2. david November 26, 2014 at 1:48 am
    I put Ike’s decline down partially to the Valley Fever that knocked him out for a long time and also derailed the career of Connon Jackson (whom the A’s also picked up after he suffered from Valley Fever). Fatigue seems to be the lasting symptom. Defense is all about focus, intensity and energy – and Ike went from looking like a gold glove fixture to a mediocre, at best, 1st baseman.

    Martin is getting way too much money and with his contract being backloaded he should be in the Bronx in 2 years as a necessary add on to the Reyes deal (paingul as that may sound). I have to wonder how the Jays can give that kind of cash to an aging catcher. Yes, he is Canadian but home town bonus should apply not a 40% uplift.

    As for the bat speed Testosterone link my thoughts of course went to Cuddyer. But he won a batting title in his early 30’s so let’s hope he is the exception. Ditto for Mr Wright.

    • argonbunnies November 26, 2014 at 1:55 am
      Can’t believe I forgot about the Valley Fever. Good call. Agreed 100% about the fielding.
    • Joe Janish November 26, 2014 at 6:03 pm
      From the little bit of my surface knowledge about Valley Fever (speaking with infectious disease doctors, connections made from my bout with Dengue a few years back) combined with my Google brain, I’m under the impression that long-term effects of Valley Fever are rare, and generally are related to chronic lung problems; in very rare situations, maybe neurological problems. I have no idea how severe were the VF cases that Davis and Jackson suffered, and I have not heard of either suffering any lung or nervous system problems since their illnesses. That said I don’t believe Valley Fever on its own can be blamed for either player’s career downturns. Maybe being out of action for an extended period had something to do with it — i.e., perhaps one or both players tried to come back too early and wound up creating a bad habit to compensate for the weakness they had while sick. Maybe they put too much pressure on themselves to return. In Ike Davis’ case, I don’t think he’s a .220 hitter who strikes out a ton because he has lingering effects of VF — I think he simply is, and always has been, a hitter with WAY too many movements in his swing, has a too-long swing to be a high-average hitter, and lunged too much not to be vulnerable to off-speed stuff. He had a great rookie year, then the league figured him out, he couldn’t adjust, but he did figure out how to run into mistakes. Go back into the archives of this blog, you’ll see my comments about Davis hitting well IN SPITE OF his flaws. For me it was more a surprise that he hit as well as he did, rather than a surprise when he started failing.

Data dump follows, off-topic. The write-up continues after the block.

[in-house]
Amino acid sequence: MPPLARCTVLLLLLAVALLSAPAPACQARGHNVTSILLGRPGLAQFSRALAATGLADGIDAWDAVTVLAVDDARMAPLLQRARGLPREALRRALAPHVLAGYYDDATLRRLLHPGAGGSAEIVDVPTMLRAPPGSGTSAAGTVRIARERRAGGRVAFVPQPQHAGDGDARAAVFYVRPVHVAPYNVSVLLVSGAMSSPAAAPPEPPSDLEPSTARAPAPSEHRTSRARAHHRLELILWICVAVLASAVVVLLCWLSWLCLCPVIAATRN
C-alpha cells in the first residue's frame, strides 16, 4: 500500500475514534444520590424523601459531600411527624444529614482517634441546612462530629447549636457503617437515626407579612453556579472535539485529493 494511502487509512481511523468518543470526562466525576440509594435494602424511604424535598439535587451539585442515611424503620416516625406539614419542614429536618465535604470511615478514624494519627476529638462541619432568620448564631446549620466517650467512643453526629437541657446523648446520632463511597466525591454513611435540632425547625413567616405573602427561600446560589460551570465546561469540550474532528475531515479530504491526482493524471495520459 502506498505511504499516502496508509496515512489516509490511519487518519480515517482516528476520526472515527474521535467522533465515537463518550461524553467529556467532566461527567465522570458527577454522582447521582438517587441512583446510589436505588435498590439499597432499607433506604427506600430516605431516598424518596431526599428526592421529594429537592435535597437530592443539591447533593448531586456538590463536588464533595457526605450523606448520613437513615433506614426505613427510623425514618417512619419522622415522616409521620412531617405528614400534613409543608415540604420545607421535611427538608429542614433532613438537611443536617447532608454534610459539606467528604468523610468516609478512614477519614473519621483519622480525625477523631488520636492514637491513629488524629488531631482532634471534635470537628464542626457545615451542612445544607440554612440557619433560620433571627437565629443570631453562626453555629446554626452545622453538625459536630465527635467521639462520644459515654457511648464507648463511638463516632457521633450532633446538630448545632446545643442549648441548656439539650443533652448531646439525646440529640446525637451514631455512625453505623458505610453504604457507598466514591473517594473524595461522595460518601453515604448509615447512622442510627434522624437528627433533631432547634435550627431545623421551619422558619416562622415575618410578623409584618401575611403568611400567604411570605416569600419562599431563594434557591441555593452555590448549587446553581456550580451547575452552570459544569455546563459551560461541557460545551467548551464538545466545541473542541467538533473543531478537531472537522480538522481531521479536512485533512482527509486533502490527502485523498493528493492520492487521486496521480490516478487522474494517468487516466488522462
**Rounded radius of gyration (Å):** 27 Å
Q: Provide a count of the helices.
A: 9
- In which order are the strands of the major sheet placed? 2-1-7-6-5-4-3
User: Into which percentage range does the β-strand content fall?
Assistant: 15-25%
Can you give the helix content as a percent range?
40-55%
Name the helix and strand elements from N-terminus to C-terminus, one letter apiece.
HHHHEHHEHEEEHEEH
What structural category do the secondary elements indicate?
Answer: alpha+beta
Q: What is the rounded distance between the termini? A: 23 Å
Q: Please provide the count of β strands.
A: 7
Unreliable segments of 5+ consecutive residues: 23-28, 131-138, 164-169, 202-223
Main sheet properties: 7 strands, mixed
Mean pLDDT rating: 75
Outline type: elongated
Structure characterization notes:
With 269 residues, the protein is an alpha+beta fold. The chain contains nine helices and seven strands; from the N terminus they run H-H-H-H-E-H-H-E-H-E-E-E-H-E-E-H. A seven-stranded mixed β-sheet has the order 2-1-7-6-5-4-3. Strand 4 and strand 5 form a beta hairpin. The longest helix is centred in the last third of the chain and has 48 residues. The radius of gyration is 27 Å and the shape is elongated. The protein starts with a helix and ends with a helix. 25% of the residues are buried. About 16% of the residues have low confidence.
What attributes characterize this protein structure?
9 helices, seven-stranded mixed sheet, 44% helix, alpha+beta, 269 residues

As for Davis’ defense, I also was never in agreement with the SNY booth and the Mets blogosphere that he was some kind of future Gold Glover. He was an average to maybe above-average defender, mainly because of his rifle arm. A few dives into the stands for foul balls and everyone lost their mind in their assessment of his skills. Yes, he could scoop balls in the dirt, but so can most average MLB first basemen — it’s not an unusual skill. His range has always been so-so. His arm, plus. Gold Glove? Meh. I didn’t see him on the same level as a Mark Teixeira, Joey Votto, Albert Pujols, Adrian Gonzalez (in their primes). Davis, even as a rookie, simply didn’t have the quick feet.

      • argonbunnies November 29, 2014 at 3:49 pm
        Ike never had elite range, but his range was at least okay for his first two years. In 2012-2013 it was no longer okay; it was awful. He didn’t dive for anything dive-worthy, he didn’t lunge for anything lunge-worthy, and there were some balls in the hole that he didn’t even react to at all. He seemed like he was in a fog — either listless or unfocused. There are many explanations for this — maybe he just isn’t a high-energy guy, and the enthusiasm of a 23-year-old rookie initially disguised that — but the lingering effects of an illness do seem to fit. I’m sure the symptoms that doctors care about — the symptoms that impact normal people — have long since disappeared, but for a pro athlete, any lingering bit of imperfection can be magnified a thousandfold.

        I had really bad heat stroke once, and even though doctors couldn’t find anything wrong with me afterward, I wasn’t myself on the field for the next 6+ months. No quickness, no explosiveness.

        Not saying that Valley Fever was and is the only thing stopping Ike from being a star! It just wouldn’t surprise if it’s had an impact.

        • Dan42 November 29, 2014 at 5:54 pm
          It didn’t do Conor Jackson much good, unless early retirement is the goal. Three good years with the bat, then Valley Fever and worthless at age 27.